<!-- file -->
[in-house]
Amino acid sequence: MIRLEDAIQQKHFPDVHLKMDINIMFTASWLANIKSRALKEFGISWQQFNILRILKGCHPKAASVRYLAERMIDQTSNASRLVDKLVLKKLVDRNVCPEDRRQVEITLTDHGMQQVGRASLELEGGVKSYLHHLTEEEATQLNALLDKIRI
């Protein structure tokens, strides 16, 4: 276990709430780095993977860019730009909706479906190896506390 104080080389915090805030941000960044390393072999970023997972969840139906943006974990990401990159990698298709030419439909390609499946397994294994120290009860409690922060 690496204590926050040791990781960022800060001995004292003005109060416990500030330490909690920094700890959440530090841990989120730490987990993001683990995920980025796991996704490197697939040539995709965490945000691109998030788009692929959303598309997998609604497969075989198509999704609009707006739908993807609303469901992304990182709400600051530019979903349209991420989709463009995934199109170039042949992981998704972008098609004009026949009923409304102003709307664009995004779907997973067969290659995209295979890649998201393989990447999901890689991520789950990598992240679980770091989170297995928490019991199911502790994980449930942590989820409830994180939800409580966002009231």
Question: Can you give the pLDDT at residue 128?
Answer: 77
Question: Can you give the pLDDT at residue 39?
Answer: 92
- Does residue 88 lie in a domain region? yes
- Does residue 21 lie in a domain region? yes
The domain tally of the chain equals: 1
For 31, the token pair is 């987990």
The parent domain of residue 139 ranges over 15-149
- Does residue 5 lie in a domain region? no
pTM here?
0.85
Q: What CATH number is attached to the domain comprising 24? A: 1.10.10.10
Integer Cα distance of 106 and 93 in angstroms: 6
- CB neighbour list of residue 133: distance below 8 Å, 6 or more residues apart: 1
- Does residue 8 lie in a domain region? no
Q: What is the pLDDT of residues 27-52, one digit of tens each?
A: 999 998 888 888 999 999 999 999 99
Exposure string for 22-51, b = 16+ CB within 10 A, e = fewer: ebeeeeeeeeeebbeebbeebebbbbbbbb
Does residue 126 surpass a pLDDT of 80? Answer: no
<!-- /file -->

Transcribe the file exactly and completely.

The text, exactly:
[in-house]
Amino acid sequence: MIRLEDAIQQKHFPDVHLKMDINIMFTASWLANIKSRALKEFGISWQQFNILRILKGCHPKAASVRYLAERMIDQTSNASRLVDKLVLKKLVDRNVCPEDRRQVEITLTDHGMQQVGRASLELEGGVKSYLHHLTEEEATQLNALLDKIRI
């Protein structure tokens, strides 16, 4: 276990709430780095993977860019730009909706479906190896506390 104080080389915090805030941000960044390393072999970023997972969840139906943006974990990401990159990698298709030419439909390609499946397994294994120290009860409690922060 690496204590926050040791990781960022800060001995004292003005109060416990500030330490909690920094700890959440530090841990989120730490987990993001683990995920980025796991996704490197697939040539995709965490945000691109998030788009692929959303598309997998609604497969075989198509999704609009707006739908993807609303469901992304990182709400600051530019979903349209991420989709463009995934199109170039042949992981998704972008098609004009026949009923409304102003709307664009995004779907997973067969290659995209295979890649998201393989990447999901890689991520789950990598992240679980770091989170297995928490019991199911502790994980449930942590989820409830994180939800409580966002009231």
Question: Can you give the pLDDT at residue 128?
Answer: 77
Question: Can you give the pLDDT at residue 39?
Answer: 92
- Does residue 88 lie in a domain region? yes
- Does residue 21 lie in a domain region? yes
The domain tally of the chain equals: 1
For 31, the token pair is 């987990």
The parent domain of residue 139 ranges over 15-149
- Does residue 5 lie in a domain region? no
pTM here?
0.85
Q: What CATH number is attached to the domain comprising 24? A: 1.10.10.10
Integer Cα distance of 106 and 93 in angstroms: 6
- CB neighbour list of residue 133: distance below 8 Å, 6 or more residues apart: 1
- Does residue 8 lie in a domain region? no
Q: What is the pLDDT of residues 27-52, one digit of tens each?
A: 999 998 888 888 999 999 999 999 99
Exposure string for 22-51, b = 16+ CB within 10 A, e = fewer: ebeeeeeeeeeebbeebbeebebbbbbbbb
Does residue 126 surpass a pLDDT of 80? Answer: no